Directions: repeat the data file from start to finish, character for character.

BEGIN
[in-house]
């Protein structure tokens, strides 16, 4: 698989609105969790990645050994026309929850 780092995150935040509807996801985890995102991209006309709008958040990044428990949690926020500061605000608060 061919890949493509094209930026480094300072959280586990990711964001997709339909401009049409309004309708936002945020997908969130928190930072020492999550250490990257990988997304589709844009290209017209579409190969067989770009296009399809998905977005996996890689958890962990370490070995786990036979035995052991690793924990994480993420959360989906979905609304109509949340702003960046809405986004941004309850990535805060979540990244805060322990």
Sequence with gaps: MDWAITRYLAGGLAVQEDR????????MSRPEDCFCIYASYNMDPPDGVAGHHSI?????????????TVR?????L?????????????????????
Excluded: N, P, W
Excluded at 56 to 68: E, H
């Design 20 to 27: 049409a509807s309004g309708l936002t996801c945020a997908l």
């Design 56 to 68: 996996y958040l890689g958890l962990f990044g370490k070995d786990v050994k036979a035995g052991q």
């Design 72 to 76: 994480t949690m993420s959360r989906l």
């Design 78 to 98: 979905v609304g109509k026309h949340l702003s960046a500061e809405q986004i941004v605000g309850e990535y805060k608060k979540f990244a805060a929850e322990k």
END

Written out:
[in-house]
């Protein structure tokens, strides 16, 4: 698989609105969790990645050994026309929850 780092995150935040509807996801985890995102991209006309709008958040990044428990949690926020500061605000608060 061919890949493509094209930026480094300072959280586990990711964001997709339909401009049409309004309708936002945020997908969130928190930072020492999550250490990257990988997304589709844009290209017209579409190969067989770009296009399809998905977005996996890689958890962990370490070995786990036979035995052991690793924990994480993420959360989906979905609304109509949340702003960046809405986004941004309850990535805060979540990244805060322990």
Sequence with gaps: MDWAITRYLAGGLAVQEDR????????MSRPEDCFCIYASYNMDPPDGVAGHHSI?????????????TVR?????L?????????????????????
Excluded: N, P, W
Excluded at 56 to 68: E, H
């Design 20 to 27: 049409a509807s309004g309708l936002t996801c945020a997908l």
């Design 56 to 68: 996996y958040l890689g958890l962990f990044g370490k070995d786990v050994k036979a035995g052991q």
């Design 72 to 76: 994480t949690m993420s959360r989906l």
């Design 78 to 98: 979905v609304g109509k026309h949340l702003s960046a500061e809405q986004i941004v605000g309850e990535y805060k608060k979540f990244a805060a929850e322990k």